On the other hand the Darwinites proclaim his theory of evolution as categoric proof of God’s non existence, and of the power of science to explain the origins of mankind.
Well my humble opinion is that both positions are way off the mark.
First of all, science rarely proves anything. Darwin’s theories are just that – theories – as he intended them to be – they prove nothing, but suggest a plausible explanation for the origins of different species. Very plausible I would suggest, in fact I’d go so far as saying that I believe his theories to be true.
That doesn’t mean they are true though – but there’s plenty of evidence that suggests this. The most striking example to me, is the way in which doorways built into houses constructed in the Elizabethan period or earlier, are generally only slightly over 5ft (150 cm) tall. Which is a lot smaller than the average person today. Todays doorways tend to be at least 6ft (180cm) tall or more How did we grow another foot in a few hundred years ? I know what I think ! There is plenty more evidence – look it up.
Still doesn’t prove Darwin right though. Nor does it prove the creationists right either. In fact there’s very little evidence to support the creationist position unless you accept that the scriptures are God’s divine message to humanity. In other words a matter of faith. If you have faith it must be true.
I don’t though – and that’s a circular argument that disappears up it’s own backside.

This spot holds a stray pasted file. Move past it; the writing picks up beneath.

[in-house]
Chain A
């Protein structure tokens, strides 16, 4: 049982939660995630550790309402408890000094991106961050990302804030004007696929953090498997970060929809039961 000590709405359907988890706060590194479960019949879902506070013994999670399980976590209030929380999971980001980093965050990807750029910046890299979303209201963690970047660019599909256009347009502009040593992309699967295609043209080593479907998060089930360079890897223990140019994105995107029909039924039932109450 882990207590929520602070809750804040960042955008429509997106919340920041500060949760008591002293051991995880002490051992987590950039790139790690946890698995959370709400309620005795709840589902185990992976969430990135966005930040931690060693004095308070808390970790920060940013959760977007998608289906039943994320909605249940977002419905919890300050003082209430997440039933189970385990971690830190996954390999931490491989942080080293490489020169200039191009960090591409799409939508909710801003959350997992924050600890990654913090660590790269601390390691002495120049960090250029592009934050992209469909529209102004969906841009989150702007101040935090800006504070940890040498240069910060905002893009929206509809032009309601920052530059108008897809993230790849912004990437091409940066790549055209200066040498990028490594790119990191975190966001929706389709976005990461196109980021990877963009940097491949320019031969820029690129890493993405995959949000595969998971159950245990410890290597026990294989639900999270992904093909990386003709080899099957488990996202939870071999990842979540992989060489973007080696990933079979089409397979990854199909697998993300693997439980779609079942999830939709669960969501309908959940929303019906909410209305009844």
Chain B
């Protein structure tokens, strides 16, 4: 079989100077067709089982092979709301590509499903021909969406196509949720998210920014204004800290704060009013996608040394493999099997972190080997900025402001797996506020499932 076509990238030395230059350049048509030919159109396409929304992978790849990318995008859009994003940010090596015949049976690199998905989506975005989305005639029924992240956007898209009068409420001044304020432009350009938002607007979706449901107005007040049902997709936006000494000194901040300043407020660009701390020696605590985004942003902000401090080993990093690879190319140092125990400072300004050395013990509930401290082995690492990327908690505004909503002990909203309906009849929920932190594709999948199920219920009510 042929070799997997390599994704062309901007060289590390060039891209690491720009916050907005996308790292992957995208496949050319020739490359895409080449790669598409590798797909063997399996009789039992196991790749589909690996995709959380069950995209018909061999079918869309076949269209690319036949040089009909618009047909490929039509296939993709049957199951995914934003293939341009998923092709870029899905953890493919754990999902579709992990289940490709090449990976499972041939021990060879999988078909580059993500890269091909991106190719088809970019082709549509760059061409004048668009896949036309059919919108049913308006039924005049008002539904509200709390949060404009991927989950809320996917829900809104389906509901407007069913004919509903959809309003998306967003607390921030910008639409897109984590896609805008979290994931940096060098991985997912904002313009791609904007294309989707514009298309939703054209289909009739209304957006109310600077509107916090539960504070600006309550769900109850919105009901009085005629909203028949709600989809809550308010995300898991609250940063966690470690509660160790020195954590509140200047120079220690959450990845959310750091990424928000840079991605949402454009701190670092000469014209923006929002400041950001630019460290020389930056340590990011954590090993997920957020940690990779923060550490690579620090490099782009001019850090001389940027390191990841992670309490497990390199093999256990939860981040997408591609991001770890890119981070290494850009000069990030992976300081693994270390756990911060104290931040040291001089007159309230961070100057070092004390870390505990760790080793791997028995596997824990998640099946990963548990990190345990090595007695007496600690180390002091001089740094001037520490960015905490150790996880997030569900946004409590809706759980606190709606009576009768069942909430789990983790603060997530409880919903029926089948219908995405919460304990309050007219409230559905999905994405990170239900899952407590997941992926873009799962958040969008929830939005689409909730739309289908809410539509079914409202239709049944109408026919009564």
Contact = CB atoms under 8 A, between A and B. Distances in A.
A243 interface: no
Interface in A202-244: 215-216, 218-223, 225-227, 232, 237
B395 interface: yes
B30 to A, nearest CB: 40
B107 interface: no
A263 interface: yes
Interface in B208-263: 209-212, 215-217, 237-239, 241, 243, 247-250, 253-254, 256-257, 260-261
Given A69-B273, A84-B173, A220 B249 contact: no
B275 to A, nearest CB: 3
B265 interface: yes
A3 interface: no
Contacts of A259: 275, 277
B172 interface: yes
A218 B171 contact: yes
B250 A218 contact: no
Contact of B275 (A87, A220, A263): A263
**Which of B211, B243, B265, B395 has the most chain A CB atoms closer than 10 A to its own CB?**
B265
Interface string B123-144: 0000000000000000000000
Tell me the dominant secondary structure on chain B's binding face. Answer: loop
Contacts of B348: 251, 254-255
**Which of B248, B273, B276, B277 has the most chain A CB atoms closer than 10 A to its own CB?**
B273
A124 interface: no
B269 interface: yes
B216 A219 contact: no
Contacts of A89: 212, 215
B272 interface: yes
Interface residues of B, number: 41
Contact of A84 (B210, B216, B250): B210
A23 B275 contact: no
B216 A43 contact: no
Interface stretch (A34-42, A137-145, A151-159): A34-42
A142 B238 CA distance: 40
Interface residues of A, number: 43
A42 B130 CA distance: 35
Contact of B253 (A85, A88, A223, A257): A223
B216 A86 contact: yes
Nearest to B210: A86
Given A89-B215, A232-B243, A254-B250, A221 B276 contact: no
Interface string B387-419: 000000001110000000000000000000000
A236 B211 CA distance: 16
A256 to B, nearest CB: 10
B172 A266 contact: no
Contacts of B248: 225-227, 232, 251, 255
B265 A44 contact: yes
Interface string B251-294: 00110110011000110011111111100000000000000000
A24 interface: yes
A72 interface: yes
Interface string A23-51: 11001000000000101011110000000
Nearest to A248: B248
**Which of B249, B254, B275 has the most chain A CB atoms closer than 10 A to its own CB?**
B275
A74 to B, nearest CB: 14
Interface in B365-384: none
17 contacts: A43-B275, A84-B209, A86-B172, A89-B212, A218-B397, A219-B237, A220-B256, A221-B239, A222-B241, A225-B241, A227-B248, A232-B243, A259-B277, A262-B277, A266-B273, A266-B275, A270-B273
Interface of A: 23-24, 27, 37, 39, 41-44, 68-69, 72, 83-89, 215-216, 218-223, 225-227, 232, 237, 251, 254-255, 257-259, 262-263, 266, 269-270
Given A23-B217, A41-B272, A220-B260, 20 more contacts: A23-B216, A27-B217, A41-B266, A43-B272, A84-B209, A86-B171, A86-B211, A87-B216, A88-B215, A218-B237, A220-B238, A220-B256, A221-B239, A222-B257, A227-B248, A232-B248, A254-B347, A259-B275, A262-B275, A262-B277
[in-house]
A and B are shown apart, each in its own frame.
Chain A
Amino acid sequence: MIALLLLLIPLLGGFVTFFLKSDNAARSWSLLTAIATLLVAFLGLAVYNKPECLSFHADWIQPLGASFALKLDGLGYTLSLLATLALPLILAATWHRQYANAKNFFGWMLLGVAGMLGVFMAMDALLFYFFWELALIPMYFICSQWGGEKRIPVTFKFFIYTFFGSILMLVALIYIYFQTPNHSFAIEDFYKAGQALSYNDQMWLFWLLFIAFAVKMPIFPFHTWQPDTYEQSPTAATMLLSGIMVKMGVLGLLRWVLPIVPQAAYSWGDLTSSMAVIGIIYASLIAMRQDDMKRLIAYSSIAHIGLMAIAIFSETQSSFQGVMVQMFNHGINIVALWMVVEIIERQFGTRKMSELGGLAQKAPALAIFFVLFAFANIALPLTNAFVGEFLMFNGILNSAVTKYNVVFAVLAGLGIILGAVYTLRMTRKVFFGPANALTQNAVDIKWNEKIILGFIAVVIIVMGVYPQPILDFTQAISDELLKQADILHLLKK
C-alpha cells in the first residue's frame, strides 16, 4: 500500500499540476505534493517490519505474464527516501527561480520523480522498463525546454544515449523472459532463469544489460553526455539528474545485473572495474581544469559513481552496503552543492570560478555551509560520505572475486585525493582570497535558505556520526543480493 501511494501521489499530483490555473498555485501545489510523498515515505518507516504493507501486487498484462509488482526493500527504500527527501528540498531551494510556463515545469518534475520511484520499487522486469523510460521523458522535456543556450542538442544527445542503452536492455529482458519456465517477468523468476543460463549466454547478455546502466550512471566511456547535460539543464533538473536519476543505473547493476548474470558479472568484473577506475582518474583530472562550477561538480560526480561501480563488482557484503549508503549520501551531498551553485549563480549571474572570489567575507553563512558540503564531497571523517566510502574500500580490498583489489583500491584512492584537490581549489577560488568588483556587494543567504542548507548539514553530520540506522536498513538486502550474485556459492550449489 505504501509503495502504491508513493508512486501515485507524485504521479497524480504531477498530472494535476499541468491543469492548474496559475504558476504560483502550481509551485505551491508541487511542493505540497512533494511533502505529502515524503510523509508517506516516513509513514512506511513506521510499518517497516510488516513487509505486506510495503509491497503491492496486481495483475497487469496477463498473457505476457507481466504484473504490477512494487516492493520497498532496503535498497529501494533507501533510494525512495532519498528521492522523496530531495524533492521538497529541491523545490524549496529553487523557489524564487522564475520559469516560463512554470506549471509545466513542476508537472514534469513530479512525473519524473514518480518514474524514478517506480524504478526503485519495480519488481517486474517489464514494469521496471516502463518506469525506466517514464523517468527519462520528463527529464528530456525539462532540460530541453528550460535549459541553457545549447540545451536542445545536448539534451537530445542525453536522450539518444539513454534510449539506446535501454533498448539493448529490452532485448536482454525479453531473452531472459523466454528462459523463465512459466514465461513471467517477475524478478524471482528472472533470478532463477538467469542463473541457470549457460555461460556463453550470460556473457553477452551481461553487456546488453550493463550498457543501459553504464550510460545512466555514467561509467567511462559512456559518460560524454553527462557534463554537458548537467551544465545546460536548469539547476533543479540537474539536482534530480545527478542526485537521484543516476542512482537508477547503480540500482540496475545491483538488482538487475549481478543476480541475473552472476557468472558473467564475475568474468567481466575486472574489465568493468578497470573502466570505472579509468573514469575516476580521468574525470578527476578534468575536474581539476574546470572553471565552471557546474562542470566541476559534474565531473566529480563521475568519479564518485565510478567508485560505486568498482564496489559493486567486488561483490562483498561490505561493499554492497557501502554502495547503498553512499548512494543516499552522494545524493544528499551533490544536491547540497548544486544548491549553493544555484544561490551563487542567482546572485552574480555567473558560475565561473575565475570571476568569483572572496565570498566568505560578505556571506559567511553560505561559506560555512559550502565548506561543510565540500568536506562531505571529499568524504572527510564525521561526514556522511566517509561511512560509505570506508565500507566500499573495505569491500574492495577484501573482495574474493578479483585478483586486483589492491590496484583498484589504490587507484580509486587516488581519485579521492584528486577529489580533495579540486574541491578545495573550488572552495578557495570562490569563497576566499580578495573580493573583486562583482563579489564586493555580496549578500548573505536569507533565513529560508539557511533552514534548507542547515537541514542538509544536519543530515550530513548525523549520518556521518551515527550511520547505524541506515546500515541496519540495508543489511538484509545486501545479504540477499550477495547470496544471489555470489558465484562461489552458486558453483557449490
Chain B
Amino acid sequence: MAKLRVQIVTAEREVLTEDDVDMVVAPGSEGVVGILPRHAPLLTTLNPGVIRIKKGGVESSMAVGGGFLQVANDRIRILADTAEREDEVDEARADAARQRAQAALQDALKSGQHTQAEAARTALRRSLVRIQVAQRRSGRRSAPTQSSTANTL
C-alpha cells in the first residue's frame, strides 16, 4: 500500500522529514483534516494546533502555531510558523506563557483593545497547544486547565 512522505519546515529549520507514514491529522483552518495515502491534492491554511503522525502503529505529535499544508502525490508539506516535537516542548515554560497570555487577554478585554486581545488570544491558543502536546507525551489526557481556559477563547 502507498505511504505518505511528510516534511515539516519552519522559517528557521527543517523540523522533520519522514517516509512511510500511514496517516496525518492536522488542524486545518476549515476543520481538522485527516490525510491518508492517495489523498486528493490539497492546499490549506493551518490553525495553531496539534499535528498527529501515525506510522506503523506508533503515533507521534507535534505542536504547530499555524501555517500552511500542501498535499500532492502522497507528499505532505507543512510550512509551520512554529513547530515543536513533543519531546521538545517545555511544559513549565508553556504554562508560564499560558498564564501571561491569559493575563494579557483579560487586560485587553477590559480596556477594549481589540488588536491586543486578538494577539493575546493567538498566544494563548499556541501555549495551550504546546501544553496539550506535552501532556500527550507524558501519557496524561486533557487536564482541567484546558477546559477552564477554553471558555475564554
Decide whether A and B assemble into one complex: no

What nobody ever seems to suggest though is that evolution could be the work of God.
Blasphemy ! I hear the Christians scream.
I’m an atheist/agnostic and don’t really have a lot of time for Christianity – or any other religion for that matter, but if Darwin’s theories on evolution are correct, and I believe they may well be, (and also the science of genetics stemming from the work of Gregor Mendel who gets far few mentions than Darwin), then they offer a very neat – even beautiful – explanation for the develeopment of all life on the planet.
To me this is the best argument yet for the existence of a Divine Creator.
If the Christians were saying to me “Evolution is God’s instrument by which he created Mankind, and all Life on Earth, how could such a method of natural selection occur without the intelligent design of the supreme being ?” – I’d have to admit I’d find it hard to counter that argument.
They don’t though they just say it’s not true because the Bible says so. So I have a while to think my way around that one.
If you’re wondering about the title – some years ago I submitted my dissertation for a Masters degree having worked collaboratively with two other colleagues on a research project. Part of my submission included a Summary of the research for distribution in the school where I worked, which I had drafted and which contained the expression “It seems clear that the use of Information Technology will evolve rapidly in school … ” .
One of my colleagues though was an evangelical Christian, and we spent some time arguing about the paper before finally agreeing the wording “… will be incrementally created … ”
He was a good friend though whatever his religion.